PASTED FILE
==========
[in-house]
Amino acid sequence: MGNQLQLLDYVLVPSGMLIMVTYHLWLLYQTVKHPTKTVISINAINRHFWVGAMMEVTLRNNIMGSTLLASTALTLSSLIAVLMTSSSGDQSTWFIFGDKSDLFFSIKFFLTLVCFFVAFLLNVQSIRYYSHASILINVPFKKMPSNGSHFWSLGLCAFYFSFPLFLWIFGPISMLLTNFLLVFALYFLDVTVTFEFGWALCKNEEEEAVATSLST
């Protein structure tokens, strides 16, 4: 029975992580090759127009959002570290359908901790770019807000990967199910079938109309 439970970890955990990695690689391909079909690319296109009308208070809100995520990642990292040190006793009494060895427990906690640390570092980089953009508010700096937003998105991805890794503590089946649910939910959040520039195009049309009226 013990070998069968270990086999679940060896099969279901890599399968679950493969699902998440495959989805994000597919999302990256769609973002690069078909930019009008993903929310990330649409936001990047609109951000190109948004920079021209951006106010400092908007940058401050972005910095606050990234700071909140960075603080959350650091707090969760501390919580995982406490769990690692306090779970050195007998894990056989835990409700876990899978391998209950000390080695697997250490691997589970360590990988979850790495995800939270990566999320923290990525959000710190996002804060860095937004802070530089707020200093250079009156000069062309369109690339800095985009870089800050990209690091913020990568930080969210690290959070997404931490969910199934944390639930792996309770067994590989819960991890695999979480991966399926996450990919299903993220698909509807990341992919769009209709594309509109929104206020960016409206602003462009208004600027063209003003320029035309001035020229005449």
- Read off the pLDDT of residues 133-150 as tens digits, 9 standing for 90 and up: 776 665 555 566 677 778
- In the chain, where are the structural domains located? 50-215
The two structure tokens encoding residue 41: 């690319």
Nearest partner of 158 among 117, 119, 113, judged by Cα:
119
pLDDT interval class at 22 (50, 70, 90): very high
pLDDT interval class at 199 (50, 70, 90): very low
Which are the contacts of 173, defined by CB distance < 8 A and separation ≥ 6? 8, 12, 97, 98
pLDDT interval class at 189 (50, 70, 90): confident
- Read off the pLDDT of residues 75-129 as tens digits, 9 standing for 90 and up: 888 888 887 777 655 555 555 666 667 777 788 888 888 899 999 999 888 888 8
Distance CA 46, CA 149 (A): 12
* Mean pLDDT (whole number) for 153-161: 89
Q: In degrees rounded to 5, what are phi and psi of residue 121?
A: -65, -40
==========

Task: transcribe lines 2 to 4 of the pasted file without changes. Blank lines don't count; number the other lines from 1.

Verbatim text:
Amino acid sequence: MGNQLQLLDYVLVPSGMLIMVTYHLWLLYQTVKHPTKTVISINAINRHFWVGAMMEVTLRNNIMGSTLLASTALTLSSLIAVLMTSSSGDQSTWFIFGDKSDLFFSIKFFLTLVCFFVAFLLNVQSIRYYSHASILINVPFKKMPSNGSHFWSLGLCAFYFSFPLFLWIFGPISMLLTNFLLVFALYFLDVTVTFEFGWALCKNEEEEAVATSLST
């Protein structure tokens, strides 16, 4: 029975992580090759127009959002570290359908901790770019807000990967199910079938109309 439970970890955990990695690689391909079909690319296109009308208070809100995520990642990292040190006793009494060895427990906690640390570092980089953009508010700096937003998105991805890794503590089946649910939910959040520039195009049309009226 013990070998069968270990086999679940060896099969279901890599399968679950493969699902998440495959989805994000597919999302990256769609973002690069078909930019009008993903929310990330649409936001990047609109951000190109948004920079021209951006106010400092908007940058401050972005910095606050990234700071909140960075603080959350650091707090969760501390919580995982406490769990690692306090779970050195007998894990056989835990409700876990899978391998209950000390080695697997250490691997589970360590990988979850790495995800939270990566999320923290990525959000710190996002804060860095937004802070530089707020200093250079009156000069062309369109690339800095985009870089800050990209690091913020990568930080969210690290959070997404931490969910199934944390639930792996309770067994590989819960991890695999979480991966399926996450990919299903993220698909509807990341992919769009209709594309509109929104206020960016409206602003462009208004600027063209003003320029035309001035020229005449």
- Read off the pLDDT of residues 133-150 as tens digits, 9 standing for 90 and up: 776 665 555 566 677 778